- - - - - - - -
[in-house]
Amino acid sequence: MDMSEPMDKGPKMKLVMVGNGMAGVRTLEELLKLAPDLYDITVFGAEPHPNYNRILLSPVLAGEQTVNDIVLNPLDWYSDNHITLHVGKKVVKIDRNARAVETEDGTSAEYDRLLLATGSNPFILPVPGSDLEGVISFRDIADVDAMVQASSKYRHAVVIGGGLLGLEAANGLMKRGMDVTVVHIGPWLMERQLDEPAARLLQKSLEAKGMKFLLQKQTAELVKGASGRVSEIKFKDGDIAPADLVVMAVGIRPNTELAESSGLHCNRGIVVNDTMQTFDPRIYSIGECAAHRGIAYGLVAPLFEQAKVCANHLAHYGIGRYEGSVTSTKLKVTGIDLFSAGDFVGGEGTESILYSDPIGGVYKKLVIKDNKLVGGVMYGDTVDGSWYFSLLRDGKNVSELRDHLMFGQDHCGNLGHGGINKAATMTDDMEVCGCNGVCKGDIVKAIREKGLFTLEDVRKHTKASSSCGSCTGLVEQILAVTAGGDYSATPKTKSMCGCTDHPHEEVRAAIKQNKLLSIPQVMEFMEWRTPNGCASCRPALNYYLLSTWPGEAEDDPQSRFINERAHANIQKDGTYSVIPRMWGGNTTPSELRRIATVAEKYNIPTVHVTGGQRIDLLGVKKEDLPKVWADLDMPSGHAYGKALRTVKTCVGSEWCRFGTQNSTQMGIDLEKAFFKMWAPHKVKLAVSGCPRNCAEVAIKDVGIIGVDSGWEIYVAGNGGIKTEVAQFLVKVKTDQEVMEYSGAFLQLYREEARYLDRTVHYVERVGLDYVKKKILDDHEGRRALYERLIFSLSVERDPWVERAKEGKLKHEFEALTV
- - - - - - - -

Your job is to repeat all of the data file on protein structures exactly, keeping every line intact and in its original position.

[in-house]
Amino acid sequence: MDMSEPMDKGPKMKLVMVGNGMAGVRTLEELLKLAPDLYDITVFGAEPHPNYNRILLSPVLAGEQTVNDIVLNPLDWYSDNHITLHVGKKVVKIDRNARAVETEDGTSAEYDRLLLATGSNPFILPVPGSDLEGVISFRDIADVDAMVQASSKYRHAVVIGGGLLGLEAANGLMKRGMDVTVVHIGPWLMERQLDEPAARLLQKSLEAKGMKFLLQKQTAELVKGASGRVSEIKFKDGDIAPADLVVMAVGIRPNTELAESSGLHCNRGIVVNDTMQTFDPRIYSIGECAAHRGIAYGLVAPLFEQAKVCANHLAHYGIGRYEGSVTSTKLKVTGIDLFSAGDFVGGEGTESILYSDPIGGVYKKLVIKDNKLVGGVMYGDTVDGSWYFSLLRDGKNVSELRDHLMFGQDHCGNLGHGGINKAATMTDDMEVCGCNGVCKGDIVKAIREKGLFTLEDVRKHTKASSSCGSCTGLVEQILAVTAGGDYSATPKTKSMCGCTDHPHEEVRAAIKQNKLLSIPQVMEFMEWRTPNGCASCRPALNYYLLSTWPGEAEDDPQSRFINERAHANIQKDGTYSVIPRMWGGNTTPSELRRIATVAEKYNIPTVHVTGGQRIDLLGVKKEDLPKVWADLDMPSGHAYGKALRTVKTCVGSEWCRFGTQNSTQMGIDLEKAFFKMWAPHKVKLAVSGCPRNCAEVAIKDVGIIGVDSGWEIYVAGNGGIKTEVAQFLVKVKTDQEVMEYSGAFLQLYREEARYLDRTVHYVERVGLDYVKKKILDDHEGRRALYERLIFSLSVERDPWVERAKEGKLKHEFEALTV